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Dennis Van Roekel Headshot

Our Accountability System Is Flunking Its Test

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Public education in our country is amazingly complex and varied. No single idea, policy or solution can begin to address all the challenges in 50 states, 15,000 districts and 90,000 public schools. Add to that complexity the law of unintended consequences, and you begin to see the danger in the emphasis on "accountability" that came into vogue with the passage of President George W. Bush's "No Child Left Behind" law.

The idea that everything will be better if we test students and just "hold teachers accountable" for results is unfair to our students and insulting to those of us who devote our lives to educating kids. Under NCLB, this simplistic idea has taken the form of a high-stakes multiple choice test, which is administered once a year, to students in a couple of subjects (math and language arts) in grades 3-8 and once in high school.

Yet we use these test results to identify struggling students, with no promise to deliver the help and resources they need to succeed. We use these test results to label and punish schools with no NCLB-mandate to provide what they actually need to improve. In the name of "accountability", we also use these test results to evaluate teachers, set their pay, decide whether to retain them, and determine whether they can serve as mentors for colleagues - even though only about 30 percent of teachers actually teach the students and subjects tested in grades 3-8.

We have built an entire so-called "accountability system" on test data derived from tests given on one day of the year. It's like applying for a mortgage loan and the bank only asking for a checkbook balance on a given day. No W2s, no credit report, no debt-to-income ratio. A lender handing over hundreds of thousands of dollars based on just one piece of the loan applicant's financial picture on one day of the year.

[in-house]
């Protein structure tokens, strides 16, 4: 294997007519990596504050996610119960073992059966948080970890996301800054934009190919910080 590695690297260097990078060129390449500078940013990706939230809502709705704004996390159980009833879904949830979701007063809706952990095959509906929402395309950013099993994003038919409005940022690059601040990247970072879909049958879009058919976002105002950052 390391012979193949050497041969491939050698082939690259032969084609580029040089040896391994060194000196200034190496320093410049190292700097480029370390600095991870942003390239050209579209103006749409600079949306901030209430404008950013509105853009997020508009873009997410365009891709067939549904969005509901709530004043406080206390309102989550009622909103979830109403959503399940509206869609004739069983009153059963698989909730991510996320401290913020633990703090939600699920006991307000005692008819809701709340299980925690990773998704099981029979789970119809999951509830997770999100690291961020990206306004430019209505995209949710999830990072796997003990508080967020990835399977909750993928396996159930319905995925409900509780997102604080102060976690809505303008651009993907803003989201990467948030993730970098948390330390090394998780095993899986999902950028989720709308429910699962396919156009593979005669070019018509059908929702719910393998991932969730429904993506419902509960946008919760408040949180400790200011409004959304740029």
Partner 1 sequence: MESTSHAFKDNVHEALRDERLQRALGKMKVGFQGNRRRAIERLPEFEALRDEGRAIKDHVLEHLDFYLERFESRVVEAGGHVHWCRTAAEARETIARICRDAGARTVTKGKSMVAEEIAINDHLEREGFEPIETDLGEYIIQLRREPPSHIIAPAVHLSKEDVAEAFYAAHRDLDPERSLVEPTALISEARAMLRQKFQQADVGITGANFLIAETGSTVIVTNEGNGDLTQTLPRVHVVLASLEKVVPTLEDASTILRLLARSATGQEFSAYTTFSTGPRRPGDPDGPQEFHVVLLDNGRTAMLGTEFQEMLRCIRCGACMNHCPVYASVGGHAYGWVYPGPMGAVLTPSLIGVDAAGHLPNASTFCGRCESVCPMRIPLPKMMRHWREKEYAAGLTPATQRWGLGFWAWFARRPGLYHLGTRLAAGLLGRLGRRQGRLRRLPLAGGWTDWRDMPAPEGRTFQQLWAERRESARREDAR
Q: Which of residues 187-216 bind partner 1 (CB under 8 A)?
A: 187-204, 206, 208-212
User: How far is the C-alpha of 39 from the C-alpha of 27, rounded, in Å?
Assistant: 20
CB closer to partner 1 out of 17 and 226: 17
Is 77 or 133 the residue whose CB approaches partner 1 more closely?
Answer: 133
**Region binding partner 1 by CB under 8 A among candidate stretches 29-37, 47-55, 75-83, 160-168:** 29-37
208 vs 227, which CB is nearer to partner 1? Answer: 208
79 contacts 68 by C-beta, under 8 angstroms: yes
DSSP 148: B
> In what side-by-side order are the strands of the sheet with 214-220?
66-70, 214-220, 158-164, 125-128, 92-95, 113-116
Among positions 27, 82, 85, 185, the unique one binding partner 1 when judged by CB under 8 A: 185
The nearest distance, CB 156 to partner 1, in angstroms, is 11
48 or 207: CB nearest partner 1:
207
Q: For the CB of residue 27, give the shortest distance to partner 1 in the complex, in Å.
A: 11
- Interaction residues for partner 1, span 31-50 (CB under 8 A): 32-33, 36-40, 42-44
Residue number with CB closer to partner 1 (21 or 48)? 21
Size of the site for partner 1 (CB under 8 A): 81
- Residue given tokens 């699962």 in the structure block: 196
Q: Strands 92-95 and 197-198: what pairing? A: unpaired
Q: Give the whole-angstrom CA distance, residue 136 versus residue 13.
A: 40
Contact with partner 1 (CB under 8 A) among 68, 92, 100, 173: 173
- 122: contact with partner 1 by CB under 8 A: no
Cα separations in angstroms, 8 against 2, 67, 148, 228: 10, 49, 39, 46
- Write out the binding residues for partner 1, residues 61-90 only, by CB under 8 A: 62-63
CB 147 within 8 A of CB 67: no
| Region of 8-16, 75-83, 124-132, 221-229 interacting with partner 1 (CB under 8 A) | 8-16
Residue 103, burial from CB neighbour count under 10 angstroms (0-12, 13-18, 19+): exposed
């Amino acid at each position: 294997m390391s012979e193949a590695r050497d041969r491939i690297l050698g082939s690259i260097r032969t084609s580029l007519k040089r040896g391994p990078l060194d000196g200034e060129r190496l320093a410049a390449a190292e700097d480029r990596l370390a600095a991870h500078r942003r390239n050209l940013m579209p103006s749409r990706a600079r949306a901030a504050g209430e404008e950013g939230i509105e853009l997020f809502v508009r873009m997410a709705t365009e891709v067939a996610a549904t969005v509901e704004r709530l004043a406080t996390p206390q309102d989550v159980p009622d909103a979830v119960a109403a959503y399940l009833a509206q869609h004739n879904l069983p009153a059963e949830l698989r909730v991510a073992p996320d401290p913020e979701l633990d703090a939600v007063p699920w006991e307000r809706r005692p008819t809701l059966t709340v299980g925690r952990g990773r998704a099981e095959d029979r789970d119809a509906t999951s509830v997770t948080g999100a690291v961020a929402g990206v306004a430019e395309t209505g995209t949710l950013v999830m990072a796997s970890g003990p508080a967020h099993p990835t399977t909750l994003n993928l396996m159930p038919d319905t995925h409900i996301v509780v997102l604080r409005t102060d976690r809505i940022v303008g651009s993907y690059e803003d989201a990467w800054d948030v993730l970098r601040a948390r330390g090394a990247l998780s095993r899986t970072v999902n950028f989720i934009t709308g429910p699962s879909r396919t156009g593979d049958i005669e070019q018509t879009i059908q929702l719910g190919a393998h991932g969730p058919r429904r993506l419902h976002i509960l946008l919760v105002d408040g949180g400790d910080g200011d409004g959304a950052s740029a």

If this sounds illogical, it is. It's because of this incongruence that efforts to improve student learning through a test-focused regime aren't working. In the 12 years since NCLB, the "corporate reform" model has failed! There are ways that do improve student success, and they involve better preparation for teachers, better support in the classroom, and ensuring that all students have access to qualified teachers and great schools.

Instead of this so-called "accountability system," we need accountability for the entire system of public education -- including elected officials and policymakers -- for ensuring equity, providing students what they need to be college and career ready, and giving teachers what they need to help kids learn.

When we adjust the lens, we can bring the background into crisp detail, and the necessary elements of genuine accountability become clearer. Fundamentals like school readiness (providing quality preschool and full-day kindergarten), a quality workforce (where is the accountability for policymakers who place untrained and unlicensed teachers in front of our children?), equitable resources, quality conditions of learning, and high standards with aligned curriculum and learning materials.

Accountability for the entire system requires a shift away from the current myopic focus on one test and a willingness to move to a comprehensive overhaul that emphasizes improving professional practice and advancing student learning. This represents true change. Accountability is not a bad thing, but it can be done badly. And that's where we find ourselves now.